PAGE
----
The Moral Molecule

Neuroscience and economic behavior

Why Some People Are Evil

Evil happens when people don't feel empathy

Just after the sun rose on July 7, 2008, Hans Reiser led police and prosecutors to Nina's shallow grave. Reiser was about to be convicted of strangling his estranged wife to death when he agreed to plead guilty to second-degree murder and reveal where he dumped Nina's body. In exchange, he would dodge the death penalty. Reiser was a moderately wealthy Internet entrepreneur who started college at age 15. Why wasn't he smart enough to just divorce his wife?

I became familiar with Reiser's case because he hand-wrote a four-page appeal from his cell at San Quentin requesting a new trial. He cited my research as one rationale for why his conviction should be tossed out. In experiments run over the last decade, I have shown that an ancient molecule in the human brain, oxytocin, makes us feel empathy for others and causes us to behave morally. I call oxytocin the "moral molecule."

But here's the rub: Reiser didn't request an appeal because he believed he was oxytocin-deficit and wasn't responsible for his actions. He claimed that his lawyer lacked oxytocin and was empathy-deficient and consequently did not appropriately represent him in court. Reiser's complete lack of insight is astounding. And diagnostic of his pathology.

So how do human beings go from good, to bad, to evil? My experiments have shown that 95 percent of the thousands of people I have studied release oxytocin when they receive a positive social signal. Oxytocin-releasers include having someone trust you with their money, being touched, and even watching an emotional movie. Five percent of those I have tested do not release oxytocin after such stimuli. These individuals have many of the traits of psychopaths: they are charming, deceptive, and even self-deceptive. And, when there is money that can be shared with others, they unabashedly keep it all for themselves. Greed, you will remember, is one of the seven deadly sins.

Knowing the chemistry of morality gives us keen insights into why most of us are good most of the time, and why some people like Hans Reiser are evil. Let's start with evil. Rodents that genetically lack receptors for oxytocin behave like psychopaths--they do whatever they want without regard for others' safety or welfare. They are loners in permanent survival mode. These behaviors also occur for many victims of childhood abuse; the oxytocin circuit in the brain needs nurturing to develop properly. The abuse victims I have studied are also in survival mode and have impaired social behaviors.

And then there is petty evil. High stress inhibits oxytocin release and makes us temporary psychopaths. We know that we are not our best selves when we are stressed out. Stress narrows one's focus to oneself and we cease being socially competent. Actions we call "virtuous" or "moral" are those that put another's needs on par, or above, one's own: honesty, trustworthiness, compassion, fairness. Oxytocin does this by subtly changing the self-other balance towards caring about another's well-being. My experiments have shown this both by measuring oxytocin release in blood after an act of kindness and by manipulating oxytocin levels in human brains to show that oxytocin directly causes virtuous behaviors. Yes, there is a moral molecule.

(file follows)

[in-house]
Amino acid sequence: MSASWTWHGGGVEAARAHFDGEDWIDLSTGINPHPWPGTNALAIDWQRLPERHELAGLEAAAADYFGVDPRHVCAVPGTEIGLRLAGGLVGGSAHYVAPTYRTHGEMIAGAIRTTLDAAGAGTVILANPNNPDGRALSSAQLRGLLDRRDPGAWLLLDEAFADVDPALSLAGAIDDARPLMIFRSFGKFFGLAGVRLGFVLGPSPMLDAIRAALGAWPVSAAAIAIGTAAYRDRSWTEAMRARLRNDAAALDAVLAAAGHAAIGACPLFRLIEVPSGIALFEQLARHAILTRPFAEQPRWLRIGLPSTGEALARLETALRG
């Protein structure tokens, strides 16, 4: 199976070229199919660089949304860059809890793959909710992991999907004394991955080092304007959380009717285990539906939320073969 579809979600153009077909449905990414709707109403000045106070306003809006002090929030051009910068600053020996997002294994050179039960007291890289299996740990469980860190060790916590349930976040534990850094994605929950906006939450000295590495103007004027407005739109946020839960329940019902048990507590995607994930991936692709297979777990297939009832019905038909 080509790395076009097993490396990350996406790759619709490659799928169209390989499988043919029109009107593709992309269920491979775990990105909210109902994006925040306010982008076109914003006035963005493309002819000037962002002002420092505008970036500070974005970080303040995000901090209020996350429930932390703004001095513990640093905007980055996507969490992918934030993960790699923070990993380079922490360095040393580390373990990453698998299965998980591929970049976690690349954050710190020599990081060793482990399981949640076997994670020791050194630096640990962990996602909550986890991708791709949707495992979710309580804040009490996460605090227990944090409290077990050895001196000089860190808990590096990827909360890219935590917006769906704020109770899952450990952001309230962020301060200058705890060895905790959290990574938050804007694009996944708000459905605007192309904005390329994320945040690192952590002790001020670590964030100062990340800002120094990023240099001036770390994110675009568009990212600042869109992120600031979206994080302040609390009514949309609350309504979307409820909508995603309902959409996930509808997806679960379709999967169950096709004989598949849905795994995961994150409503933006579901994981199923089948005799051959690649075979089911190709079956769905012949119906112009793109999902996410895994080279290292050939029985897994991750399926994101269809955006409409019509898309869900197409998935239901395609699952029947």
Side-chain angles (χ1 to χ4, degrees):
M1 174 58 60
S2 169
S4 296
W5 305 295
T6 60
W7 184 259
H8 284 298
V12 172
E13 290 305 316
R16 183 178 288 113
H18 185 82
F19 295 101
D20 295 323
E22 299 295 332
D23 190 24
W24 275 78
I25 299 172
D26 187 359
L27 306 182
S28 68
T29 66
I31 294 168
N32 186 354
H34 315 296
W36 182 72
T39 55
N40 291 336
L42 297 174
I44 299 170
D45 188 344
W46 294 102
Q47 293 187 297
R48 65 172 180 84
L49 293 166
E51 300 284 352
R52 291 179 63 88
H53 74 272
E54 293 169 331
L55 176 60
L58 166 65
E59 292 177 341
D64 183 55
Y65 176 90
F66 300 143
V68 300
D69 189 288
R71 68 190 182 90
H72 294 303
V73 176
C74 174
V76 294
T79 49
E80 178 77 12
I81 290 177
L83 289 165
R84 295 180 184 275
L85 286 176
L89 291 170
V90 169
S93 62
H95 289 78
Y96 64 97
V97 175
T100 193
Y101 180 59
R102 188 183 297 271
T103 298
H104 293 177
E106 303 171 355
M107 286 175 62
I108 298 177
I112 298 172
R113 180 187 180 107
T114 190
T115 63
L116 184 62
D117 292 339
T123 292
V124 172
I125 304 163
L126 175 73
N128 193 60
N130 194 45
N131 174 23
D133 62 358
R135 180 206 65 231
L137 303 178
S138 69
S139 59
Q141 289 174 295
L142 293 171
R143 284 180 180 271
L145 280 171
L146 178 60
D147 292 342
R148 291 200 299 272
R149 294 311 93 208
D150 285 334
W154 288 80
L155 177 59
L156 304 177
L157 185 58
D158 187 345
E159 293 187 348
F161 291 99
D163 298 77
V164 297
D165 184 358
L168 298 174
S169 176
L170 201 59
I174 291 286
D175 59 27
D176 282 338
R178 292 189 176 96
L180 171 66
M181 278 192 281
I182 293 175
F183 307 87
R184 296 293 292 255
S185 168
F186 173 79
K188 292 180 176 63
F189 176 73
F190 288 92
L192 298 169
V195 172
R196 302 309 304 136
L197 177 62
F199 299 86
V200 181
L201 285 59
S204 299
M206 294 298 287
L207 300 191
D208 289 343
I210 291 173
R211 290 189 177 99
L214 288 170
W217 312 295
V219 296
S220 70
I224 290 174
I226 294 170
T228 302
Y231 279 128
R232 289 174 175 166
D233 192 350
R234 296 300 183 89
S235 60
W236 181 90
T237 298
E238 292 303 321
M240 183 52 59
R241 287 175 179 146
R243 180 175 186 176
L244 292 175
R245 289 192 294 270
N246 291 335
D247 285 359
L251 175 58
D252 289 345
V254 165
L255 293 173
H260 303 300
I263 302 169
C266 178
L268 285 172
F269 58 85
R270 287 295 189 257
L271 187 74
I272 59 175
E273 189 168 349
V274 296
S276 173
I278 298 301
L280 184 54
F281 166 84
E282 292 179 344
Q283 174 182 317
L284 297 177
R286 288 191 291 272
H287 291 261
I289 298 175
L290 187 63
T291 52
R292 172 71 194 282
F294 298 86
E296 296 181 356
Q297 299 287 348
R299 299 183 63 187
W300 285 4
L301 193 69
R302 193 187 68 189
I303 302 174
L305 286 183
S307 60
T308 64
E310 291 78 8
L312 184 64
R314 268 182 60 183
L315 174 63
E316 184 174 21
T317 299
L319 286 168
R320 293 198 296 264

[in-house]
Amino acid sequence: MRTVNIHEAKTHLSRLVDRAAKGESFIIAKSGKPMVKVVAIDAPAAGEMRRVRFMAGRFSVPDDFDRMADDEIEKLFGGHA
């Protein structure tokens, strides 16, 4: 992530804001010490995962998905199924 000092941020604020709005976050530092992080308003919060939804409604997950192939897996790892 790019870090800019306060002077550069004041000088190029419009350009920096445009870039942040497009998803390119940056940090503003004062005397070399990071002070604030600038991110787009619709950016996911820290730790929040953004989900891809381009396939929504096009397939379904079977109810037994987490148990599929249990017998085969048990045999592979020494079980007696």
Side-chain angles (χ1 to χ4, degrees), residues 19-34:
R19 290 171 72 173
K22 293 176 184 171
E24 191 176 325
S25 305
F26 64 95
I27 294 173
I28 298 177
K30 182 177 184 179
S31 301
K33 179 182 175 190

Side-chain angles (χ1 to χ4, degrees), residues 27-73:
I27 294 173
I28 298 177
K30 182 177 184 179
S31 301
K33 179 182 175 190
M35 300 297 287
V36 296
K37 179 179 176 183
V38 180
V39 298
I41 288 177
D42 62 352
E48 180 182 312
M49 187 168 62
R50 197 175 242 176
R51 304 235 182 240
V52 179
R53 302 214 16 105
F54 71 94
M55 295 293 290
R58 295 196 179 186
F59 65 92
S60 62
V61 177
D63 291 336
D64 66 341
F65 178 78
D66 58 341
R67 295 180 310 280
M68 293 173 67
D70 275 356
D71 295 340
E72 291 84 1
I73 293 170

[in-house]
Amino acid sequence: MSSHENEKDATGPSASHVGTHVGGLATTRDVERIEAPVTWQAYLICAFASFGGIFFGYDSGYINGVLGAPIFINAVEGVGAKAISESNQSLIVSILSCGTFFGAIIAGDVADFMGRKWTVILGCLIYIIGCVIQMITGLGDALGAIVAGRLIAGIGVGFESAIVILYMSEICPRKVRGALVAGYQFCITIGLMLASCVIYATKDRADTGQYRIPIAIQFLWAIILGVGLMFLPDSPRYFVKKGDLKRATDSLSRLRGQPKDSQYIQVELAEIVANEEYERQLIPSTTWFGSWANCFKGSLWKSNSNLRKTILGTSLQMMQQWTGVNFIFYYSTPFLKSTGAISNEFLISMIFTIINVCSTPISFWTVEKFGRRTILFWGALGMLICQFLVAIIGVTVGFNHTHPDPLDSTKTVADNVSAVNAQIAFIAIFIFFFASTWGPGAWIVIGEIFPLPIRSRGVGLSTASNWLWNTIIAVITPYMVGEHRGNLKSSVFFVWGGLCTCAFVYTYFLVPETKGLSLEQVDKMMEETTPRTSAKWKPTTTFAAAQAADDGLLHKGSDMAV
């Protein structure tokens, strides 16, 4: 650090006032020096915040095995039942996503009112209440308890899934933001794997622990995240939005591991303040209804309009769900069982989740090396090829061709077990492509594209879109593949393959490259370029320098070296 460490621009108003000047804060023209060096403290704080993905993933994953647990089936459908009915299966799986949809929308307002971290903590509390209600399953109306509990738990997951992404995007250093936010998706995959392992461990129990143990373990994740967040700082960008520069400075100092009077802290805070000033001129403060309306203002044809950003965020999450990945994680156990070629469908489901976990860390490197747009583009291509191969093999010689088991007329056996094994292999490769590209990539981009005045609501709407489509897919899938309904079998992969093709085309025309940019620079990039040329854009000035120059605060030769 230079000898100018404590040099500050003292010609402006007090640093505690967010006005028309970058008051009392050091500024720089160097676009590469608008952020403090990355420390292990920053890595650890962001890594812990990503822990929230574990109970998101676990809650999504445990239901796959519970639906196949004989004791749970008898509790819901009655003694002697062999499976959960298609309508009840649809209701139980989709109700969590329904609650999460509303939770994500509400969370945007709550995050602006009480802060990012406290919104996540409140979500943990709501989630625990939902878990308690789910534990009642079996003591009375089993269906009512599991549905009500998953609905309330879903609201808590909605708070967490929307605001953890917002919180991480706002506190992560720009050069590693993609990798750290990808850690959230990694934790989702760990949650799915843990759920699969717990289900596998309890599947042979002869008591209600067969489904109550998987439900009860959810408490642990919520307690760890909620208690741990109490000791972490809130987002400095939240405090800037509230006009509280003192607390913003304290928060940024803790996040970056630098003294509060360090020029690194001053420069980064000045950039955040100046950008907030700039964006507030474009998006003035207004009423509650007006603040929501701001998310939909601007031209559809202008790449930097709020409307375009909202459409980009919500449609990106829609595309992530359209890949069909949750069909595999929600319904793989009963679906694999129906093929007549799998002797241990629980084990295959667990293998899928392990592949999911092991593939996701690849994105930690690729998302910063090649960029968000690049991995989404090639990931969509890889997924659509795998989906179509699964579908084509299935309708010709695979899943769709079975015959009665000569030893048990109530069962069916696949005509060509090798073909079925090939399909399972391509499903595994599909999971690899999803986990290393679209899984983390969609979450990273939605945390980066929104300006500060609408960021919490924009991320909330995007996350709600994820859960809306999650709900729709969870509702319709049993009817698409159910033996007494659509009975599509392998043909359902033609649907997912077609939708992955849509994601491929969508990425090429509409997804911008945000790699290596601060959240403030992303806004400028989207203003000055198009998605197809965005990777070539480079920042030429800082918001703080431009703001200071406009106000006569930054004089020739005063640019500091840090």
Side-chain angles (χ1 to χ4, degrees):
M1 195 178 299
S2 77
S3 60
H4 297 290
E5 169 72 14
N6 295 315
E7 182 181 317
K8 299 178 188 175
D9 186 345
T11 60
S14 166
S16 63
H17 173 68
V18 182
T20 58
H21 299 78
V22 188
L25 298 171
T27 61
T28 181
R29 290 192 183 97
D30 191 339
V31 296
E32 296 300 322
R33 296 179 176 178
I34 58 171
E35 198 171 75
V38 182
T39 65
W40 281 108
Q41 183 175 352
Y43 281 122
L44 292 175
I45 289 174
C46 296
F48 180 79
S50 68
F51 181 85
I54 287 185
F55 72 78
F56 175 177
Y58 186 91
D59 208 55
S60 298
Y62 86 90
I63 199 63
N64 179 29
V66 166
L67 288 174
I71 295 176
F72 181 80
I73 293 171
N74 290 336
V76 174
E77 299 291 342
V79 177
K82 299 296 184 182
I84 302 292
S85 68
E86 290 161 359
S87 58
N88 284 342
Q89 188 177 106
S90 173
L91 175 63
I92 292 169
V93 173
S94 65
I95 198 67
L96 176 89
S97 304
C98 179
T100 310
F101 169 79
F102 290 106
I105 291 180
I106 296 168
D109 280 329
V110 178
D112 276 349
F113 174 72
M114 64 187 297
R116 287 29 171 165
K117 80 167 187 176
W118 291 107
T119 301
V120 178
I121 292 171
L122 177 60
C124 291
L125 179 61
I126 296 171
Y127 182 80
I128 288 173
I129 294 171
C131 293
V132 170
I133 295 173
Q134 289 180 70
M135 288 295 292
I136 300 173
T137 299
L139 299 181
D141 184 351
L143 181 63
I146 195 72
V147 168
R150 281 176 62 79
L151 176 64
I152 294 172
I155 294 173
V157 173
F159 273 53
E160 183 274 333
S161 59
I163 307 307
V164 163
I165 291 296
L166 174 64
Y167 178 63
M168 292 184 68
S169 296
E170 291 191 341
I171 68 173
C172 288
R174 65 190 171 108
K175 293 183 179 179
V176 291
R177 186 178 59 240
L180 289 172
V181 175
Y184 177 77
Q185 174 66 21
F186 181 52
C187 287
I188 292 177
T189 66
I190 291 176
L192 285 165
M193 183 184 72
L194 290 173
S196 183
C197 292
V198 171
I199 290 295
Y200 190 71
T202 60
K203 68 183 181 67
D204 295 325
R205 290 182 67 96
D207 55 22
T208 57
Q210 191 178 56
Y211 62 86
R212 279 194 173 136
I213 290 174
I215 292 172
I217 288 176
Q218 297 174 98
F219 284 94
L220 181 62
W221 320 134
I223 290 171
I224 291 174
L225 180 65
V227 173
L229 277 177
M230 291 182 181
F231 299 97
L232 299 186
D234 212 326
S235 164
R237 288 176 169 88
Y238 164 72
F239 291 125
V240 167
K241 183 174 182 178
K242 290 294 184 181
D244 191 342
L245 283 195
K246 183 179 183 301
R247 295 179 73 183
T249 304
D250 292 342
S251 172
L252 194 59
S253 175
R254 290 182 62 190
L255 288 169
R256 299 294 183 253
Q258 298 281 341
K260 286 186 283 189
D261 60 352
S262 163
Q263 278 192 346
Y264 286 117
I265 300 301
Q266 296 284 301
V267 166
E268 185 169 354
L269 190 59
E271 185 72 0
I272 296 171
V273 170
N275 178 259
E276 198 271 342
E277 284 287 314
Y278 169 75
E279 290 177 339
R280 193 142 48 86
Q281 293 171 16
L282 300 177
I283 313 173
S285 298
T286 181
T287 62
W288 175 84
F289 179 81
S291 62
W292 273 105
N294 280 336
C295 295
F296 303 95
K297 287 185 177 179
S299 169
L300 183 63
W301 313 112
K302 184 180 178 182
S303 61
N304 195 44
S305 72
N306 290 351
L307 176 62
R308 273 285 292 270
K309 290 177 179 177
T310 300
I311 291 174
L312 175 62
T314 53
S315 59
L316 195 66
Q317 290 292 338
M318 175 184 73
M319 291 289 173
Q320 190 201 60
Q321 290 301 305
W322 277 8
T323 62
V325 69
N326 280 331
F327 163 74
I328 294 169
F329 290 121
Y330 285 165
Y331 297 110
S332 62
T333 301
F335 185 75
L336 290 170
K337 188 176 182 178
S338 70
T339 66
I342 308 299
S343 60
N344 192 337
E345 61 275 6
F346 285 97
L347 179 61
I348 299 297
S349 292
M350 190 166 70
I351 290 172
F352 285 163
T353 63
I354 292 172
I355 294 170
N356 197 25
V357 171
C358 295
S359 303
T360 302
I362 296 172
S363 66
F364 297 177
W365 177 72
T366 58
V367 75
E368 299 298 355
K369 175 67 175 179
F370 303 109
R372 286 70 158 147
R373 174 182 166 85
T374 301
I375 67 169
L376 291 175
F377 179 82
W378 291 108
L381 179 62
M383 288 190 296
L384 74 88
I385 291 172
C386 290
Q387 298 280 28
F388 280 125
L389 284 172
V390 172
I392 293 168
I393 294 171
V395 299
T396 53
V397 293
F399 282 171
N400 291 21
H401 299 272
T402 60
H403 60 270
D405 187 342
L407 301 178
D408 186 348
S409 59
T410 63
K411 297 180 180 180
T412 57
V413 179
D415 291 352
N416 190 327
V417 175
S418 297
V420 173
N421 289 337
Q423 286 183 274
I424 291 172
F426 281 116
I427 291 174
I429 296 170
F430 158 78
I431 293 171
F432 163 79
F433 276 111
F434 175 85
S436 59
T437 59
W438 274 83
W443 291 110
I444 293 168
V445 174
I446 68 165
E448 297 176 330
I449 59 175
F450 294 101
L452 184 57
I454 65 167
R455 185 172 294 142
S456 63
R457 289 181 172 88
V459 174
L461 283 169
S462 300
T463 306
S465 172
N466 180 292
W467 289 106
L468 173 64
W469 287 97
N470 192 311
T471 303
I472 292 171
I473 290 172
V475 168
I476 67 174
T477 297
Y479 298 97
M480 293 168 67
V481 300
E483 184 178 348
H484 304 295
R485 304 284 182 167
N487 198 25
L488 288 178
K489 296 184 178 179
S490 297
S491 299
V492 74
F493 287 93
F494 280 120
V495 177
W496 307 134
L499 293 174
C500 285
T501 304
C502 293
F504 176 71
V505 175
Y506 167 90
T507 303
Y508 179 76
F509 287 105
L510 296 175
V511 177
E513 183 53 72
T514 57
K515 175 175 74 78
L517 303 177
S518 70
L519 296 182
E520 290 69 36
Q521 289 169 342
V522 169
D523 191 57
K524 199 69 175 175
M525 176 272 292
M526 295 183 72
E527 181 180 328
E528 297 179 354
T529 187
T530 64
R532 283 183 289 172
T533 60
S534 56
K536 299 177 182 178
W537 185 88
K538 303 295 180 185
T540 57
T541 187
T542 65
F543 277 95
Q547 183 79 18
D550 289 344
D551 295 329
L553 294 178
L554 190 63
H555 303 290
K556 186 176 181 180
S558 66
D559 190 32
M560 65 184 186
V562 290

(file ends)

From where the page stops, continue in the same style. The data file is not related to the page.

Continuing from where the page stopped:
But, I have worried lately that the carefully controlled laboratory experiments I have done may not apply to people's daily experiences, so I've taken my lab on the road. We have studied the many ways humans connect and willingly cooperate with each other. Experiments with soldiers marching, a rugby team warming up before a match, and people praying in church showed that these activities cause the brain to release oxytocin. A spike in oxytocin produces a feeling of closeness and a willingness to help others.

My field experiments have even taken me to some of the farthest reaches of the earth. I recently travelled to the highlands of Papua New Guinea to study isolated subsistence farmers in the rain forest. Highland people live much like our ancestors did millennia ago. I took blood before and after a ritual dance and found that it caused the release of oxytocin in the majority of the men I tested. The moral molecule appears to be a human universal.

The human desire to connect not only with friends and family, but complete strangers is, I have found, what makes us moral. It is our social nature, our need to be around others, that makes us good most of the time. Oxytocin makes us feel what others feel and this not only motivates us to avoid doing things that hurt others, but actually makes us feel pleasure when we bring others joy. Sneaky evolution! Gregariously social creatures like us need to have an internal moral governor that sustains our place in the social group. Being ostracized from one's group is as maladaptive for humans as it is for wolves. Behaving morally--roughly, being nice to others who are nice to us--keeps us ensconced the warmth and protection of our pack.

 

Paul J. Zak is a neuroeconomist at Claremont Graduate University in Claremont, CA.  His book The Moral Molecule will be published in 2012.

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